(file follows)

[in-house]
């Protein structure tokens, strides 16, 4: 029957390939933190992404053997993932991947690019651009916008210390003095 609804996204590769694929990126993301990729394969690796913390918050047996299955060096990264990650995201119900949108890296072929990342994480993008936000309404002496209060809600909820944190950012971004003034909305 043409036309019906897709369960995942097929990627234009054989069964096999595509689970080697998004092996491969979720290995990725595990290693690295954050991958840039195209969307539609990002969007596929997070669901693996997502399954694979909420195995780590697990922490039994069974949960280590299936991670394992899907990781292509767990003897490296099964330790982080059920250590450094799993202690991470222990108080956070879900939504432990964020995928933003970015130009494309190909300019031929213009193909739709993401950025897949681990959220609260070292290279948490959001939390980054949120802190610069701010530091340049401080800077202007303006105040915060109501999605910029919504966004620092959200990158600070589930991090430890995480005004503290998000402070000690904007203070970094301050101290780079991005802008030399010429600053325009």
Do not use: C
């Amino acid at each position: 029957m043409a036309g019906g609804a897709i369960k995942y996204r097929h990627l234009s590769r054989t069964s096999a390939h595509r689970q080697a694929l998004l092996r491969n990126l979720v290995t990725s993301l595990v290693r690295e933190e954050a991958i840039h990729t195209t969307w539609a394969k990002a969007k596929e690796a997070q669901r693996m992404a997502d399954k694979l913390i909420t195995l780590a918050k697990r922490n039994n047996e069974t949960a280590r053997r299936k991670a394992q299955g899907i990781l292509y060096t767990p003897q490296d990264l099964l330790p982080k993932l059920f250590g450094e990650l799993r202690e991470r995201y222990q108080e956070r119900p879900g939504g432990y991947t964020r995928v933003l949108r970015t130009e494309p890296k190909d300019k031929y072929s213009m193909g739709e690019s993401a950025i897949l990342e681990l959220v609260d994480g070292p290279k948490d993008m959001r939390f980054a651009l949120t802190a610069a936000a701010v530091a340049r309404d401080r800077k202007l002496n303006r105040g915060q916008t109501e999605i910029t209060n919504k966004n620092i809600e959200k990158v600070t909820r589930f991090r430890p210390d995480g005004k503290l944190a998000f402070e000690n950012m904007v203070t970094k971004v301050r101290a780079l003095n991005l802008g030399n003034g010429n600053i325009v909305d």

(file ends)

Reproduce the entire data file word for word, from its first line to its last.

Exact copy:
[in-house]
């Protein structure tokens, strides 16, 4: 029957390939933190992404053997993932991947690019651009916008210390003095 609804996204590769694929990126993301990729394969690796913390918050047996299955060096990264990650995201119900949108890296072929990342994480993008936000309404002496209060809600909820944190950012971004003034909305 043409036309019906897709369960995942097929990627234009054989069964096999595509689970080697998004092996491969979720290995990725595990290693690295954050991958840039195209969307539609990002969007596929997070669901693996997502399954694979909420195995780590697990922490039994069974949960280590299936991670394992899907990781292509767990003897490296099964330790982080059920250590450094799993202690991470222990108080956070879900939504432990964020995928933003970015130009494309190909300019031929213009193909739709993401950025897949681990959220609260070292290279948490959001939390980054949120802190610069701010530091340049401080800077202007303006105040915060109501999605910029919504966004620092959200990158600070589930991090430890995480005004503290998000402070000690904007203070970094301050101290780079991005802008030399010429600053325009």
Do not use: C
């Amino acid at each position: 029957m043409a036309g019906g609804a897709i369960k995942y996204r097929h990627l234009s590769r054989t069964s096999a390939h595509r689970q080697a694929l998004l092996r491969n990126l979720v290995t990725s993301l595990v290693r690295e933190e954050a991958i840039h990729t195209t969307w539609a394969k990002a969007k596929e690796a997070q669901r693996m992404a997502d399954k694979l913390i909420t195995l780590a918050k697990r922490n039994n047996e069974t949960a280590r053997r299936k991670a394992q299955g899907i990781l292509y060096t767990p003897q490296d990264l099964l330790p982080k993932l059920f250590g450094e990650l799993r202690e991470r995201y222990q108080e956070r119900p879900g939504g432990y991947t964020r995928v933003l949108r970015t130009e494309p890296k190909d300019k031929y072929s213009m193909g739709e690019s993401a950025i897949l990342e681990l959220v609260d994480g070292p290279k948490d993008m959001r939390f980054a651009l949120t802190a610069a936000a701010v530091a340049r309404d401080r800077k202007l002496n303006r105040g915060q916008t109501e999605i910029t209060n919504k966004n620092i809600e959200k990158v600070t909820r589930f991090r430890p210390d995480g005004k503290l944190a998000f402070e000690n950012m904007v203070t970094k971004v301050r101290a780079l003095n991005l802008g030399n003034g010429n600053i325009v909305d």